Updated November 2019 ⚙️ From induction motors in electric vehicles to tiny coreless dc motors in drug-delivery equipment, electric motors continue to proliferate. Last year we saw consumer products, implantable medical devices, and automation of previously manual tasks spur the most innovation in motor design and use. This year those trends continue — and now we see increased use of servo and stepper motors in robotics.
In fact, whether it’s basic tin-can motors for low-cost custom actuation or integrated motors that output servo-like performance, overall use of stepper motors is growing. On the latter, a study by P&S Market Research projects a CAGR of 6.3% through 2023 for the global closed-loop stepper motor market. P&S cites the well-known benefits of control-feedback signals and power-adjusted current control as key reasons for the technology’s steady adoption.
Warren Osak, CEO of Toronto-based distributor Electromate Inc., sees this trend for integrated stepper motors, even while the middle of the stepper-motor market (actuated by standalone 1.8° hybrid stepper motors) recedes. Technology is either migrating upward (and taking the form of integrated motors or smart motors) or migrating downward — to lower-cost motors with less sophisticated structures, according to Osak.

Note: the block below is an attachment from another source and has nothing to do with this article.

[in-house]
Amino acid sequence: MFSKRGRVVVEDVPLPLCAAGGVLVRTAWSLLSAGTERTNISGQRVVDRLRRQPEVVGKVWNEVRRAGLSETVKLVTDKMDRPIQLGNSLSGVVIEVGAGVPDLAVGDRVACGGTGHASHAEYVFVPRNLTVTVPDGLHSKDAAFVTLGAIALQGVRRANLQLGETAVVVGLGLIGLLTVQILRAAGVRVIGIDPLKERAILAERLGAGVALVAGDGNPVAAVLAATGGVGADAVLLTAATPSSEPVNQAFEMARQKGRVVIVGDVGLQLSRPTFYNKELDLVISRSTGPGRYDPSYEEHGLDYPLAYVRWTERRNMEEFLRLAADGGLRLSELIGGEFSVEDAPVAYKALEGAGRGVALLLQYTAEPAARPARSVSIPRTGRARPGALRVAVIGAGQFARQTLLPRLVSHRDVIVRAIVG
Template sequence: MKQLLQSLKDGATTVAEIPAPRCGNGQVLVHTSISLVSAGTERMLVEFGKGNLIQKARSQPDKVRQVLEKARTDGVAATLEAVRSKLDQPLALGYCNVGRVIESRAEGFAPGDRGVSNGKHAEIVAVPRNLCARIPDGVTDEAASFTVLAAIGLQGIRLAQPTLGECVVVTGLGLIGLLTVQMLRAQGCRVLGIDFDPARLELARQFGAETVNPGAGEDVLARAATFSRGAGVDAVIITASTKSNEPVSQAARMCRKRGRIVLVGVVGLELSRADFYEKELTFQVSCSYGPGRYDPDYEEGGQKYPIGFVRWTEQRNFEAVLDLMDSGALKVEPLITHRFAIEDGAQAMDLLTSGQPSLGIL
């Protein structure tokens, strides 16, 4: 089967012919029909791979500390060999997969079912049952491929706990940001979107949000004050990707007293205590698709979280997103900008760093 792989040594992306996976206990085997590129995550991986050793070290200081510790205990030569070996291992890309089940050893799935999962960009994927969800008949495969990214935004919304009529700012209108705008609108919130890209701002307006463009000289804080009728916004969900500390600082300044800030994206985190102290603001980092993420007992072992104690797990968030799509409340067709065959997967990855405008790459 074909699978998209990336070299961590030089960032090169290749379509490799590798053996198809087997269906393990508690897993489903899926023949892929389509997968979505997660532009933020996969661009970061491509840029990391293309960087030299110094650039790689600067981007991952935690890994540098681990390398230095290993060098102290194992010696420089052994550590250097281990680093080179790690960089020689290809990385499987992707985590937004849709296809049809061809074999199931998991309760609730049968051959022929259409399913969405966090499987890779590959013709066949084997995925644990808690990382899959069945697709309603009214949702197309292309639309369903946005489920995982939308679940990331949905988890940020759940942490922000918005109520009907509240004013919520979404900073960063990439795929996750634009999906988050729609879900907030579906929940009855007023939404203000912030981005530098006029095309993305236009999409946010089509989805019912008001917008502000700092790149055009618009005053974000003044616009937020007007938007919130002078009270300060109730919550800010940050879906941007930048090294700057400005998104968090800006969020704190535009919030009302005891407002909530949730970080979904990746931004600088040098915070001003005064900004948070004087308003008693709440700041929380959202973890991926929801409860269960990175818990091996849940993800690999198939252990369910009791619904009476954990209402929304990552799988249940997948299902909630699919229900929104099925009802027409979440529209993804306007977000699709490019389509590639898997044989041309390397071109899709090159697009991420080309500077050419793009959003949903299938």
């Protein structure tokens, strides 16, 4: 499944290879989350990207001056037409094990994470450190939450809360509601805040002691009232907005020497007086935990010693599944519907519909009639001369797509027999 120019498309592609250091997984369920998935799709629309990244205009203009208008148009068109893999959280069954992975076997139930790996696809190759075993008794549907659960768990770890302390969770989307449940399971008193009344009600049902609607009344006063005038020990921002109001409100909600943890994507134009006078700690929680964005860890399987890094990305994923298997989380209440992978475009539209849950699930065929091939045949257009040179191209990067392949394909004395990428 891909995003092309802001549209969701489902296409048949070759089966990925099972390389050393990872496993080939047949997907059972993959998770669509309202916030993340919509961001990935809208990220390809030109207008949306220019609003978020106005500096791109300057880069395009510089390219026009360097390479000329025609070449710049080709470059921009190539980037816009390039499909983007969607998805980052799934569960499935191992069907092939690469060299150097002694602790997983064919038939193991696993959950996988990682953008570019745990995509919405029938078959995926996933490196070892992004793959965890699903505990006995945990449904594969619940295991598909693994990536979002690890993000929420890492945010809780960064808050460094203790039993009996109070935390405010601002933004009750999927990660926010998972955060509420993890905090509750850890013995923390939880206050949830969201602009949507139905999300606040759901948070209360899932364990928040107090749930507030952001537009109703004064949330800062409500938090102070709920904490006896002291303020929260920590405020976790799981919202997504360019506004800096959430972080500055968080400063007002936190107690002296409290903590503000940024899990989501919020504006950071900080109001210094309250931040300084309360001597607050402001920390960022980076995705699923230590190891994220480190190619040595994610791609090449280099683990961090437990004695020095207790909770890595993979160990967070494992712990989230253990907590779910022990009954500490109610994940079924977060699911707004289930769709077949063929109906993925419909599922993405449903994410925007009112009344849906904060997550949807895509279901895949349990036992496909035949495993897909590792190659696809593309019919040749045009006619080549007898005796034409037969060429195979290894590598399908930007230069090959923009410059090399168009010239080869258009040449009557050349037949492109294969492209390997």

“The use of traditional hybrid stepper motors has been yielding to integrated products … while in lower-end applications, we see more use of less-sophisticated motors with customer-provided integrated chips (ICs) to drive them,” he added.
Some closed-loop stepper manufacturers we surveyed for the Design World Trends issue include Schneider Electric Motion USA, Applied Motion Products Inc., Lin Engineering, MICROMO of Faulhaber, Oriental Motor Co., and Nippon Pulse America Inc. — with commentary from the latter in our actuator trends coverage. All detail pre-integrated or application-specific motor offerings. Case in point: Automation in the oil and gas industry has created numerous opportunities for motion control products, but stringent requirements for hazardous location ratings rule out most standard motor and drive solutions.
“To serve engineers in this industry, we’ve released the world’s only ATEX-rated stepper drive for hazardous locations … and this year we’ll introduce our first explosion-proof step motor to pair with it,” said Eric Rice of Applied Motion Products. “The drive is already being used on rigs in the oil field for applications where accurate braking and speed control of drill strings are required.”
Motors in (proliferating) battery-powered designs
Battery-powered designs such as ATVs, mobile robotics (including AGVs), scooters, ebikes, and drones present unique motion-system challenges. Motors that integrate into these designs might need to accept 48, 24, or 12-V input, and nearly all of them must meet tough efficiency requirements … NEXT PAGE →